New York Advisor Charged for Role in Alleged $5M Ponzi Scheme
A Nassau County financial advisor is facing charges of grand larceny and scheme to defraud in connection to an alleged $5 million Ponzi scheme, NBC reports.
Matthew Eckstein allegedly scammed 14 victims, many of them senior citizens who had entrusted their retirement savings to him, according to the TV news channel’s website. The advisor, who in 2015 started his own firm, Sisk Investment Services, allegedly convinced clients to invest into a company called Conmac Funding, but used their money on other business ventures, personal expenses, including a downpayment on a home complete with a tennis court and swimming pool, and paying previous investors, NBC writes.
In one instance, Eckstein allegedly persuaded one client to invest about $385,000 into Conmac, alleging the investment carried no risk and that he would return the principal after two years with a 4% interest, the website writes, citing Nassau County District Attorney Madeline Singas. When after two years the client requested the return of the money, Eckstein allegedly paid the victim less than $27,000 and told her that the investment had to be returned in installments, according to NBC. Eventually, Eckstein allegedly stopped responding to the client’s communications altogether, the website writes.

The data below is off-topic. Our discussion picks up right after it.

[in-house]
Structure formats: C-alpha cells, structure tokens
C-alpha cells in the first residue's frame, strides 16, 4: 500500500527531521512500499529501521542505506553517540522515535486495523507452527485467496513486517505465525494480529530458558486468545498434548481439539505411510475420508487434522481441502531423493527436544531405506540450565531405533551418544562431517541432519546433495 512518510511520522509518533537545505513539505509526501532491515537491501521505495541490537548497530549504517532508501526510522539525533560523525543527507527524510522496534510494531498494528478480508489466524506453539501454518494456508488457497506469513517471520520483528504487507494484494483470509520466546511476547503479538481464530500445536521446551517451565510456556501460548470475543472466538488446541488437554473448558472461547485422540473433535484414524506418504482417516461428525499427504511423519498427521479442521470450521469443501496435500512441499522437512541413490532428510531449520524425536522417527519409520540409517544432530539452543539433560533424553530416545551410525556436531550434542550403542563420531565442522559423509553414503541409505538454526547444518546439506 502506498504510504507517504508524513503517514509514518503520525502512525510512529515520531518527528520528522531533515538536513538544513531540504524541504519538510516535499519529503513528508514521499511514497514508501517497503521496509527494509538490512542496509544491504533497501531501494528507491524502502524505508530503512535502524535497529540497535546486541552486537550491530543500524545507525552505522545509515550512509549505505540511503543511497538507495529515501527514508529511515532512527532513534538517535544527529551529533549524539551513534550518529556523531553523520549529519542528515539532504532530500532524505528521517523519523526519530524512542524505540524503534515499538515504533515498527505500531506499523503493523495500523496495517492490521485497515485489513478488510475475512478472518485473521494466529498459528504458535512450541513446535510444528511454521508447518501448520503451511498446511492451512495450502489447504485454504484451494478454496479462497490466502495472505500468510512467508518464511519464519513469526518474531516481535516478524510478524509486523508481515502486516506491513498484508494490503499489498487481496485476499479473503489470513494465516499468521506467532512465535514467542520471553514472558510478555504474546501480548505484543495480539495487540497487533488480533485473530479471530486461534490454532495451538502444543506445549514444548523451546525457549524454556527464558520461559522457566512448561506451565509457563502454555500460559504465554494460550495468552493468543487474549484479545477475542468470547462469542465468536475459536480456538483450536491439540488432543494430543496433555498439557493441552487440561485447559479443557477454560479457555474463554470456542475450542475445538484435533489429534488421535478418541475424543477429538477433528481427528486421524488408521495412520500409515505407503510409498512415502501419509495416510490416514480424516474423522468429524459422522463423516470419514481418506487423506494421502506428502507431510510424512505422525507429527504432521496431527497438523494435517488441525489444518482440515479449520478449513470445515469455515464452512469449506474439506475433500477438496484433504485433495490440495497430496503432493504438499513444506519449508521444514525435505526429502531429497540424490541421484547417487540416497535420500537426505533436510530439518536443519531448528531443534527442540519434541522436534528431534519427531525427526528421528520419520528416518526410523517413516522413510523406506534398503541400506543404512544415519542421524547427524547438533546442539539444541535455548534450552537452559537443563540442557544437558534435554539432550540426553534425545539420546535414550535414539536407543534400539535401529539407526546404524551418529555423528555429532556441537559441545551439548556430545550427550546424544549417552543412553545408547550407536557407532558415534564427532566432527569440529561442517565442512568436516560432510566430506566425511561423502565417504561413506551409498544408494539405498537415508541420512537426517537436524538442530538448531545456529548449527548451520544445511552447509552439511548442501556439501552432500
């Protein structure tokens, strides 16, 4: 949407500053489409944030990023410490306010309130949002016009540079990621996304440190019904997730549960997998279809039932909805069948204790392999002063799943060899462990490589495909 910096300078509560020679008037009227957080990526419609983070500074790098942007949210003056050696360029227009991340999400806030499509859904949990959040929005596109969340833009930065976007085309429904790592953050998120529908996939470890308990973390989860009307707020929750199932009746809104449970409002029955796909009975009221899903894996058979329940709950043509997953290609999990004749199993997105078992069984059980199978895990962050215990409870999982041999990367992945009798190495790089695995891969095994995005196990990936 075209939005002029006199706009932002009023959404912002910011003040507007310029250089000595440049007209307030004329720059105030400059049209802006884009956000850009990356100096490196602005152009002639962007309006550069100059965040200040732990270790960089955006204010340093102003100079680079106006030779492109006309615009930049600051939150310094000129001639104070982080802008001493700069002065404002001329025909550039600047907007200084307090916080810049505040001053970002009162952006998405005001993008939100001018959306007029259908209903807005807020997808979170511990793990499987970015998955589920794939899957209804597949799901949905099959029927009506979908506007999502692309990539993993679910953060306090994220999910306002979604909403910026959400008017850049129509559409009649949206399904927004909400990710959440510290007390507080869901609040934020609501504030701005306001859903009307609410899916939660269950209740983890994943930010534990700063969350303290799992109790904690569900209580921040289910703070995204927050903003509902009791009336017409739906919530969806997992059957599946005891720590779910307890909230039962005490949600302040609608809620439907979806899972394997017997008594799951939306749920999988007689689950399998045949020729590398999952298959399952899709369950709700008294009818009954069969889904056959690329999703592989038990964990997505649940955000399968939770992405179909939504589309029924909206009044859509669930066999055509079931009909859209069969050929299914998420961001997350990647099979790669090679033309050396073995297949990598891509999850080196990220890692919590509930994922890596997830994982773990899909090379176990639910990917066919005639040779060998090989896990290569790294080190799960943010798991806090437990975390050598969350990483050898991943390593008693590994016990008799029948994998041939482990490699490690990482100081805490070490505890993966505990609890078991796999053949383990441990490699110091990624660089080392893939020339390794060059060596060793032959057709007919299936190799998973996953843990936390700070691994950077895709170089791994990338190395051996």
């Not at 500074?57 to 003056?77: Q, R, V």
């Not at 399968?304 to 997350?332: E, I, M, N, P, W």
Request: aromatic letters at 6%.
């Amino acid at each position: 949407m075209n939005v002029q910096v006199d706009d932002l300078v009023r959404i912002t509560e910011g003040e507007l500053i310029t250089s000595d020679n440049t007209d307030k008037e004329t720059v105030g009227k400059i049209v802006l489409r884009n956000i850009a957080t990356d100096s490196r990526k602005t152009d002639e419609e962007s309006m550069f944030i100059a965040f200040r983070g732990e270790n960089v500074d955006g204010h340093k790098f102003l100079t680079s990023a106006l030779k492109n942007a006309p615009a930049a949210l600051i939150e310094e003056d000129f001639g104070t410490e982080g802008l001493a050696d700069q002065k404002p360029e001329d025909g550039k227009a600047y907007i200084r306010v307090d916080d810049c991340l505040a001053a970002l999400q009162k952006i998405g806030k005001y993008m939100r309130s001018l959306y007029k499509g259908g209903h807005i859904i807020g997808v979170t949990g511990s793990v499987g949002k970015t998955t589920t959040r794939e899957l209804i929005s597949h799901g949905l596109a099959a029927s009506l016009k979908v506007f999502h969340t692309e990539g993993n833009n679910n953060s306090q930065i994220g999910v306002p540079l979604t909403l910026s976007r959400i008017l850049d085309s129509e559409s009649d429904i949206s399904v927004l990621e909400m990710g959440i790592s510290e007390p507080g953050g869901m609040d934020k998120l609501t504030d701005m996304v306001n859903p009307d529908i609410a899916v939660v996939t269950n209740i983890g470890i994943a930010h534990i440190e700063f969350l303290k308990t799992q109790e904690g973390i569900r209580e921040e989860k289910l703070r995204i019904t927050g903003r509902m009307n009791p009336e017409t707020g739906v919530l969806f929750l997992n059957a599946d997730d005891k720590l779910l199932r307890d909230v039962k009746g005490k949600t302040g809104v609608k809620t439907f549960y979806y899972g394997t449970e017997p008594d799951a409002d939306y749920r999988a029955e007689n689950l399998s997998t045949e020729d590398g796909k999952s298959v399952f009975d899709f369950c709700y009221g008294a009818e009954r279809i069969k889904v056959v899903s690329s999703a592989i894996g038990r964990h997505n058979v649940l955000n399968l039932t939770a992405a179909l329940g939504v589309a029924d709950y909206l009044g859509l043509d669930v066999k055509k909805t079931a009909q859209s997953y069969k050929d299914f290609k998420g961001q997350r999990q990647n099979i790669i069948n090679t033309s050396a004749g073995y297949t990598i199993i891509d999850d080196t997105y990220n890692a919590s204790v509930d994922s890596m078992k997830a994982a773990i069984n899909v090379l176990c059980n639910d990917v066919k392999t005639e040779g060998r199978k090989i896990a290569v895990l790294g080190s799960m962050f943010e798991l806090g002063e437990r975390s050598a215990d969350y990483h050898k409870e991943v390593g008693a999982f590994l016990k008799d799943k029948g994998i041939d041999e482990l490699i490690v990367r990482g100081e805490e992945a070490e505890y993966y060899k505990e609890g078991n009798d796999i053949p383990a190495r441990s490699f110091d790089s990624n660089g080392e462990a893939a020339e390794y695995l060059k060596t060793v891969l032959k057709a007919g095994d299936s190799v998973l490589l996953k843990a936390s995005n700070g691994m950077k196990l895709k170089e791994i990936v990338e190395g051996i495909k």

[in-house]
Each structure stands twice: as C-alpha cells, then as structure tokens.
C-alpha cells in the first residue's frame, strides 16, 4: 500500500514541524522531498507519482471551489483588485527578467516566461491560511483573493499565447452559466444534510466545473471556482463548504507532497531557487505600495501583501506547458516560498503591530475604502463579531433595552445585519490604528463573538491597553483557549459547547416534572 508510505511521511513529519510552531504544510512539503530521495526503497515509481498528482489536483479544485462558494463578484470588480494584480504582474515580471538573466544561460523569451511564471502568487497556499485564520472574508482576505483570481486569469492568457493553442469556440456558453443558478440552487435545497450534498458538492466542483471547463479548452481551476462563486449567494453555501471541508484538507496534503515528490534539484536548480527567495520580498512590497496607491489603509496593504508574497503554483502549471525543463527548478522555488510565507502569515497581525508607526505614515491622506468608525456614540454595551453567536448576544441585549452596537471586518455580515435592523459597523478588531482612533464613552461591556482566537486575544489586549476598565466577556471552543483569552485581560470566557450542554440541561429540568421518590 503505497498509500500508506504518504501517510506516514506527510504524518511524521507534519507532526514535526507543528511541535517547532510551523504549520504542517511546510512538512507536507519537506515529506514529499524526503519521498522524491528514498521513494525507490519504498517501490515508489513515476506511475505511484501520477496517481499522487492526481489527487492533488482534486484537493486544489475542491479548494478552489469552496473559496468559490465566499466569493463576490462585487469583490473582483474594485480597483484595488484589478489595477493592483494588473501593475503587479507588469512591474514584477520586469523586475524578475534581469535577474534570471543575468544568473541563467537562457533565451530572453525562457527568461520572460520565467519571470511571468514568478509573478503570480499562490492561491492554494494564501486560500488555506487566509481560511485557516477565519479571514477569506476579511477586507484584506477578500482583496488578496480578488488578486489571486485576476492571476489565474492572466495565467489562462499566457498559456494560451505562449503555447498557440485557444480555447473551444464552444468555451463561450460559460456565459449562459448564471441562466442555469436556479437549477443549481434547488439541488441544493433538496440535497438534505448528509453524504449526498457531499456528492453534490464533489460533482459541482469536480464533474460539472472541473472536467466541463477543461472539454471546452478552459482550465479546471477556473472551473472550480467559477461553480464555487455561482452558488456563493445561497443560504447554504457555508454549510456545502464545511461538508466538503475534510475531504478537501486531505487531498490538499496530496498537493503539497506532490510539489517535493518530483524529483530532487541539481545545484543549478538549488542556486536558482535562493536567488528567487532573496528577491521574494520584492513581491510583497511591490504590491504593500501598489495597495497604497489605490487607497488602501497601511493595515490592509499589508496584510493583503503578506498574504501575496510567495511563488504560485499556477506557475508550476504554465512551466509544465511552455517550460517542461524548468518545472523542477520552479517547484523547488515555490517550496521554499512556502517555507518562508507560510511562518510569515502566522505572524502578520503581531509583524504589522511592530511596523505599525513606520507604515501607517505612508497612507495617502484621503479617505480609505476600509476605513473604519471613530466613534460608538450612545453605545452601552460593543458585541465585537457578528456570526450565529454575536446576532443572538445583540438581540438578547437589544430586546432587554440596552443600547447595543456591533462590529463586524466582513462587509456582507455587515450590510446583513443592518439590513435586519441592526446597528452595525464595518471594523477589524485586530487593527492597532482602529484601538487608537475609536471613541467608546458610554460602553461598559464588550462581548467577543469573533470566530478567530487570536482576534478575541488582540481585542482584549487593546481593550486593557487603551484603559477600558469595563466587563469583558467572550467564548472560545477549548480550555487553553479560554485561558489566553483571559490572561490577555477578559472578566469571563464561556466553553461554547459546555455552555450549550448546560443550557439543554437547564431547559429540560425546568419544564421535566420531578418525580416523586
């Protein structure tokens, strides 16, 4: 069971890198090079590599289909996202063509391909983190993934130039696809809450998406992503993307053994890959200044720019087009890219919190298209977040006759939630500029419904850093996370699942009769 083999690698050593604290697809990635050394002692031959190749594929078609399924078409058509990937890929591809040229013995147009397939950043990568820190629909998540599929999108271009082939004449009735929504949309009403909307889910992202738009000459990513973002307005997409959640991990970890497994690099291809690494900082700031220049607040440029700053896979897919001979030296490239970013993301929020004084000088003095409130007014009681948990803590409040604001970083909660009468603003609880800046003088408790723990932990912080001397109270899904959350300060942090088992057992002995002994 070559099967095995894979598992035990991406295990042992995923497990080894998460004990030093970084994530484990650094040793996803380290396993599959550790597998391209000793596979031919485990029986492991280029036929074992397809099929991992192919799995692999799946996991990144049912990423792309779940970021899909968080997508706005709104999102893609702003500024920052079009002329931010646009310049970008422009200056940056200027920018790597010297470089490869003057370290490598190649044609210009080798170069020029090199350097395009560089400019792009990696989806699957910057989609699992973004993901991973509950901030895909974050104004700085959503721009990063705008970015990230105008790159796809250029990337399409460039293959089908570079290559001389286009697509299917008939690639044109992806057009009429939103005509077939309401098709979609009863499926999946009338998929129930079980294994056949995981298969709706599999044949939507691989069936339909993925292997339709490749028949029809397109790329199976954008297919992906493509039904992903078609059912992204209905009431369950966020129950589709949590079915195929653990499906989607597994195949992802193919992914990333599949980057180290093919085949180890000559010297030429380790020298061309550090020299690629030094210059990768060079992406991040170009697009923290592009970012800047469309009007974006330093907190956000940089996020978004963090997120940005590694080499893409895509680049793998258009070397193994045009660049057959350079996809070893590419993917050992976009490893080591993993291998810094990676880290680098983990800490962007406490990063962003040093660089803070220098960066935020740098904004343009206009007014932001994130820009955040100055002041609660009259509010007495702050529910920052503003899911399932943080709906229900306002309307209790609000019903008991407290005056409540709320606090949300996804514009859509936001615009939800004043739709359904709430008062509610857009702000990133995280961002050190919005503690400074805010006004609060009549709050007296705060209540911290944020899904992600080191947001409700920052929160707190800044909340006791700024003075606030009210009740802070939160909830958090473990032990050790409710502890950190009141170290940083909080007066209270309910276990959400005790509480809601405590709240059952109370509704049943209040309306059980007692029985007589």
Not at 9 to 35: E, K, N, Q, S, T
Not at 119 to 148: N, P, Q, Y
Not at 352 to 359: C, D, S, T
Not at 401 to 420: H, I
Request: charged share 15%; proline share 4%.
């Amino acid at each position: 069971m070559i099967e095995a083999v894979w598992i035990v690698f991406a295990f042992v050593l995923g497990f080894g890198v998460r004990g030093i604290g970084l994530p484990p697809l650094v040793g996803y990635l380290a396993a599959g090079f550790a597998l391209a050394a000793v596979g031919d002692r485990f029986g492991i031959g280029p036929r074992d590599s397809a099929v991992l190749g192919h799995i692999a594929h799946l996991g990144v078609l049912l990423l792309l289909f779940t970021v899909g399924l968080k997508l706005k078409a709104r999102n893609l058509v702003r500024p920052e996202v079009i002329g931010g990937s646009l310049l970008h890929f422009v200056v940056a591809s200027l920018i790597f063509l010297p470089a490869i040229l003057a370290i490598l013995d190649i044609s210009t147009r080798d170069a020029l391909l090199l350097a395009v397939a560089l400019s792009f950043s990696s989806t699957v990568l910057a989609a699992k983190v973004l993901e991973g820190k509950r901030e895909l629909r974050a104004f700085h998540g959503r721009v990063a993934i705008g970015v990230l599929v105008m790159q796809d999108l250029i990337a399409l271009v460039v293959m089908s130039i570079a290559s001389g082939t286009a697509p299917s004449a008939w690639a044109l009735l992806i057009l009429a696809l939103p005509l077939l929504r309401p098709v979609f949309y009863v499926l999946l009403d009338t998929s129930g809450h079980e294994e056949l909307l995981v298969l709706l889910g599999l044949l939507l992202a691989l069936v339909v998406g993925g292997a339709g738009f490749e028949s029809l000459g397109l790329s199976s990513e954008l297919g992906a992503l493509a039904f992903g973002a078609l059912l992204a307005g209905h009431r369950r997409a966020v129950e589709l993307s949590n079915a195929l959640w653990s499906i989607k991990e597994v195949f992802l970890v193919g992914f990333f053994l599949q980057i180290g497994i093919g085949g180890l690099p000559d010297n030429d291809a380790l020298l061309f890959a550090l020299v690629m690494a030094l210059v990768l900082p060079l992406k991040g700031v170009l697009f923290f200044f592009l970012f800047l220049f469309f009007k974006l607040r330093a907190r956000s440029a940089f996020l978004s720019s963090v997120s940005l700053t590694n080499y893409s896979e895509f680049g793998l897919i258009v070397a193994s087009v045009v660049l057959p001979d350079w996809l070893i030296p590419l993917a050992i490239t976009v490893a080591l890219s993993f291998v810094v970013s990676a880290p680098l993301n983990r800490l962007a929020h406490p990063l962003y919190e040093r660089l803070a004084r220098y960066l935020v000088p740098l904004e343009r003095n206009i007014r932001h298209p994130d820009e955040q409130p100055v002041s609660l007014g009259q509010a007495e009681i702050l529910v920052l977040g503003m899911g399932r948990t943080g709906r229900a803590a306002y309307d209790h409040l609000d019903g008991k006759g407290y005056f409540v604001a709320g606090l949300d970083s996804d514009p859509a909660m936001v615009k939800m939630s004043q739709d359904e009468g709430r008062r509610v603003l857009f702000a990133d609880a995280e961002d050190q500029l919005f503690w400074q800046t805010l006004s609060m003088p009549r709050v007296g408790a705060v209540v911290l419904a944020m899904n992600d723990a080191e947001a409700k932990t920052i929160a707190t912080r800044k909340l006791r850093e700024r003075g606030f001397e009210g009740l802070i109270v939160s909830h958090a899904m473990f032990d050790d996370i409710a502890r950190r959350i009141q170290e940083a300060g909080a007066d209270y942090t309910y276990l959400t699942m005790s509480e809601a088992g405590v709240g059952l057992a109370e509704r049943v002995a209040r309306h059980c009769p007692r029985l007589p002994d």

Eckstein also allegedly stole hundreds of thousands of dollars from the estates of two deceased clients, according to NBC. If convicted, Eckstein could face up to 15 years in prison, according to the website. His lawyer tells NBC that his client pleaded not guilty. Eckstein is due in court July 2, according to the website.
Eckstein began his financial services career in 1998 at Gould, Ambroson & Associates, Ltd. and worked at the firm until starting Sisk in 2015, according to his BrokerCheck profile.
His record remained clear until last August, when Finra suspended him for failing to respond to its request for information. The suspension was lifted in November, according to BrokerCheck.
In April 2018, Finra filed a complaint against Eckstein, alleging he peddled $1.3 million worth of “investments” in a scheme run by his friend, but failed to do due diligence on the issuer and to disclose that he received $100,000 from his friend, who was CEO of the issuer, Finra says.
Eckstein also has a pending customer dispute from February 2018, in which two customers claim unsuitability, misrepresentation and breach of fiduciary duty, among other charges, requesting $252,500 in damages, according to Eckstein’s BrokerCheck profile.